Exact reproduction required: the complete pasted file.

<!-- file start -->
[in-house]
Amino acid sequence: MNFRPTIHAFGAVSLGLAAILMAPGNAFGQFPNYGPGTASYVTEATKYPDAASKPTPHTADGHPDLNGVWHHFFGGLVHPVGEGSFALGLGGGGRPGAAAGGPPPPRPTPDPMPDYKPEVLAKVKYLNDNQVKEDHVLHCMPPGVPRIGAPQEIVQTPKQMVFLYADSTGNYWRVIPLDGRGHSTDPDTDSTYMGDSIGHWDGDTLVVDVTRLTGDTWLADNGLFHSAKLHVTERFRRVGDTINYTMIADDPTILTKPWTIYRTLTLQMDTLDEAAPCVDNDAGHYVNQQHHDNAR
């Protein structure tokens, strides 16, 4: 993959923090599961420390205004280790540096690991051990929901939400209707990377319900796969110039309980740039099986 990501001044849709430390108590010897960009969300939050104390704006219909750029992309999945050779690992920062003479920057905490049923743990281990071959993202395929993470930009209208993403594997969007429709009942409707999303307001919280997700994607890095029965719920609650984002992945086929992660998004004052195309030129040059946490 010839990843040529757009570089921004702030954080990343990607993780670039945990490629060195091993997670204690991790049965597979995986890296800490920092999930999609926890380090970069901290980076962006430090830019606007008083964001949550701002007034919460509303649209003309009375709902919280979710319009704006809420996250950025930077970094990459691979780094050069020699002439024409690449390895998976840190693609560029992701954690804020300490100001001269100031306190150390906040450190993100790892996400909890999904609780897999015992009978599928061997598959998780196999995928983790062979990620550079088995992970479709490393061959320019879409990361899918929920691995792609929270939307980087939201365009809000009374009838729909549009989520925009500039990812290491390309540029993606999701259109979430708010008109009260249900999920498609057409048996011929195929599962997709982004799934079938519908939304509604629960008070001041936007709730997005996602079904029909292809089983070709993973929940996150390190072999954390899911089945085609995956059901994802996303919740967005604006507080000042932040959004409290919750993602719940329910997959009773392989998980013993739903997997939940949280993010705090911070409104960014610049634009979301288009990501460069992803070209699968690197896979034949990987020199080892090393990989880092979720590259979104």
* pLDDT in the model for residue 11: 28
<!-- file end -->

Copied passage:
[in-house]
Amino acid sequence: MNFRPTIHAFGAVSLGLAAILMAPGNAFGQFPNYGPGTASYVTEATKYPDAASKPTPHTADGHPDLNGVWHHFFGGLVHPVGEGSFALGLGGGGRPGAAAGGPPPPRPTPDPMPDYKPEVLAKVKYLNDNQVKEDHVLHCMPPGVPRIGAPQEIVQTPKQMVFLYADSTGNYWRVIPLDGRGHSTDPDTDSTYMGDSIGHWDGDTLVVDVTRLTGDTWLADNGLFHSAKLHVTERFRRVGDTINYTMIADDPTILTKPWTIYRTLTLQMDTLDEAAPCVDNDAGHYVNQQHHDNAR
């Protein structure tokens, strides 16, 4: 993959923090599961420390205004280790540096690991051990929901939400209707990377319900796969110039309980740039099986 990501001044849709430390108590010897960009969300939050104390704006219909750029992309999945050779690992920062003479920057905490049923743990281990071959993202395929993470930009209208993403594997969007429709009942409707999303307001919280997700994607890095029965719920609650984002992945086929992660998004004052195309030129040059946490 010839990843040529757009570089921004702030954080990343990607993780670039945990490629060195091993997670204690991790049965597979995986890296800490920092999930999609926890380090970069901290980076962006430090830019606007008083964001949550701002007034919460509303649209003309009375709902919280979710319009704006809420996250950025930077970094990459691979780094050069020699002439024409690449390895998976840190693609560029992701954690804020300490100001001269100031306190150390906040450190993100790892996400909890999904609780897999015992009978599928061997598959998780196999995928983790062979990620550079088995992970479709490393061959320019879409990361899918929920691995792609929270939307980087939201365009809000009374009838729909549009989520925009500039990812290491390309540029993606999701259109979430708010008109009260249900999920498609057409048996011929195929599962997709982004799934079938519908939304509604629960008070001041936007709730997005996602079904029909292809089983070709993973929940996150390190072999954390899911089945085609995956059901994802996303919740967005604006507080000042932040959004409290919750993602719940329910997959009773392989998980013993739903997997939940949280993010705090911070409104960014610049634009979301288009990501460069992803070209699968690197896979034949990987020199080892090393990989880092979720590259979104």
* pLDDT in the model for residue 11: 28